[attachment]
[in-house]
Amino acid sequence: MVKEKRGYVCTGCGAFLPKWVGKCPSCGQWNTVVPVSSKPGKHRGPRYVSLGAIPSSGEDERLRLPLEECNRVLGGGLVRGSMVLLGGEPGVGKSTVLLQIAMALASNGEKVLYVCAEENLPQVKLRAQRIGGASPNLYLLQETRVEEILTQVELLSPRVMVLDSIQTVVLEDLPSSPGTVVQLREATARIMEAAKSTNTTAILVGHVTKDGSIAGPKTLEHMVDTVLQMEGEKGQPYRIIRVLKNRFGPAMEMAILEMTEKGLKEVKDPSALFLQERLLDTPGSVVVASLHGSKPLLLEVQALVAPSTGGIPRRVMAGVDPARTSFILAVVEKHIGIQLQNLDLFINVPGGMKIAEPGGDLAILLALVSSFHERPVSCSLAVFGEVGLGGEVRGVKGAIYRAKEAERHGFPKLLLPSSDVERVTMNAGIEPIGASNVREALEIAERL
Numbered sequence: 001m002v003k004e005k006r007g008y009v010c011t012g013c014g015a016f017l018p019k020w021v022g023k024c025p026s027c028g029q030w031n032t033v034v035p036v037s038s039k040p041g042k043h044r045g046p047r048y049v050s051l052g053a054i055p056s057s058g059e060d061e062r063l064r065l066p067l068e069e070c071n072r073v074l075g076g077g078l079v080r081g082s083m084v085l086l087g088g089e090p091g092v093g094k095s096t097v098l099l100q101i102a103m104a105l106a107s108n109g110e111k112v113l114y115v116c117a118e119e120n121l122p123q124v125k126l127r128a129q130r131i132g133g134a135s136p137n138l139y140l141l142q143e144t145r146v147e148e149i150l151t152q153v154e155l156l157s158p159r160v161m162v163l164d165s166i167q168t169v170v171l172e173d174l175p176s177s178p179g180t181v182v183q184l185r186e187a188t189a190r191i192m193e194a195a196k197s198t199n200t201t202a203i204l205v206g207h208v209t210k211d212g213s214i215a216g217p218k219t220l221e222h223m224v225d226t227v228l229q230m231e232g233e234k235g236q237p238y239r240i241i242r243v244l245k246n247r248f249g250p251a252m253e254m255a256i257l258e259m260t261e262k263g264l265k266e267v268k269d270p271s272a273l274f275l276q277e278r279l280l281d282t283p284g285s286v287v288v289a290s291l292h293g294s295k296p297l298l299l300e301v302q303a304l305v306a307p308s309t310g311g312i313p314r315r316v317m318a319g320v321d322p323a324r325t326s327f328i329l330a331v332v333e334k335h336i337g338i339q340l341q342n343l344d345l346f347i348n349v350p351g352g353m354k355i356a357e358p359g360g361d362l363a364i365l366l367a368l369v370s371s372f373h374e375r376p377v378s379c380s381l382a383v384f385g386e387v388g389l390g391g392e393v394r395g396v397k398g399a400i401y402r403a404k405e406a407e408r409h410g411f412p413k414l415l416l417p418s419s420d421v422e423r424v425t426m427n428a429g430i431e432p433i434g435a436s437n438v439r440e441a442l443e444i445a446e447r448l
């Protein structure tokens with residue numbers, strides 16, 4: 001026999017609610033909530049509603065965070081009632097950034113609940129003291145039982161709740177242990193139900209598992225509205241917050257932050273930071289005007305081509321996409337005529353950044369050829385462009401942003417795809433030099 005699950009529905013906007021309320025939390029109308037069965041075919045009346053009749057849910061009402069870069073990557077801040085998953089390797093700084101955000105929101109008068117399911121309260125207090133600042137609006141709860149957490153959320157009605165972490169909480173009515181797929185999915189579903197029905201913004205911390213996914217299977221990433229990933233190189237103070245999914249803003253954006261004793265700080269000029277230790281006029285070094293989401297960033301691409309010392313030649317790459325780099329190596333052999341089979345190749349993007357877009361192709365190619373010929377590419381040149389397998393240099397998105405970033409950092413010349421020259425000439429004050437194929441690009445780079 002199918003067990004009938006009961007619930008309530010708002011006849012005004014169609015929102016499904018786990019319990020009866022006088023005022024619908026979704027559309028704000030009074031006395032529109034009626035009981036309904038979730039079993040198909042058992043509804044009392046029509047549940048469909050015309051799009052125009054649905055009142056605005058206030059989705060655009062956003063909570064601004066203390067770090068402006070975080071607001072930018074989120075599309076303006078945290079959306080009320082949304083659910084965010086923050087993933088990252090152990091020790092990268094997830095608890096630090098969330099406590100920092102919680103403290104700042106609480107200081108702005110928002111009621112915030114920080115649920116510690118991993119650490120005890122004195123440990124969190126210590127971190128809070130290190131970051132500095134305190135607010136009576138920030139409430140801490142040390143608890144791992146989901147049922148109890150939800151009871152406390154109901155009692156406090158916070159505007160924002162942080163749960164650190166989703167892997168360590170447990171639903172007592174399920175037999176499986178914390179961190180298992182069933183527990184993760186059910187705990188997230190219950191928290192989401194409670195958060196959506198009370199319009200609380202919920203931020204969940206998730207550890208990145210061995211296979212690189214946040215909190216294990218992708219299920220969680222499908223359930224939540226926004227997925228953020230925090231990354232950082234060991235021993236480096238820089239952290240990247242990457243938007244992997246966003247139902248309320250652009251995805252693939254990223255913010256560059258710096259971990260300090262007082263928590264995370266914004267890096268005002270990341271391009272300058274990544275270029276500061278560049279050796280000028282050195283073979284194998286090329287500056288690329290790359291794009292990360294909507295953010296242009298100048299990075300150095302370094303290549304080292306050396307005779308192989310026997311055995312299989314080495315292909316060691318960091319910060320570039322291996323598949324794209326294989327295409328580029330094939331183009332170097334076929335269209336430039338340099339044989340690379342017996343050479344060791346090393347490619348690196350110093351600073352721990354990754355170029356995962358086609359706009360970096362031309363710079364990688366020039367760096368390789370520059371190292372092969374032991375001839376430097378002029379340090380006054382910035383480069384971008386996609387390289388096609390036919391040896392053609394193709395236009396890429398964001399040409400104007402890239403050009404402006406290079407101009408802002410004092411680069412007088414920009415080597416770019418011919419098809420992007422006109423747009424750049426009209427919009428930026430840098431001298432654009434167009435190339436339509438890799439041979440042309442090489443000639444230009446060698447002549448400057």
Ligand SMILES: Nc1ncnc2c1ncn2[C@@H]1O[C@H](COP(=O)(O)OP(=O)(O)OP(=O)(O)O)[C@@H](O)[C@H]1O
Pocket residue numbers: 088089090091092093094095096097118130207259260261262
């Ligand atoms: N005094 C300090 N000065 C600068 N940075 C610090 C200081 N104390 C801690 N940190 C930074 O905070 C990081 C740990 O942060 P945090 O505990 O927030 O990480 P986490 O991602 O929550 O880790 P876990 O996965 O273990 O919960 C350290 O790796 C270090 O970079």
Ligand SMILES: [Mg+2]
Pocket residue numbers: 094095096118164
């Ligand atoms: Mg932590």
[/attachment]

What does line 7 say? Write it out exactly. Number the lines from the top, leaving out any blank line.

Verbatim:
């Ligand atoms: N005094 C300090 N000065 C600068 N940075 C610090 C200081 N104390 C801690 N940190 C930074 O905070 C990081 C740990 O942060 P945090 O505990 O927030 O990480 P986490 O991602 O929550 O880790 P876990 O996965 O273990 O919960 C350290 O790796 C270090 O970079």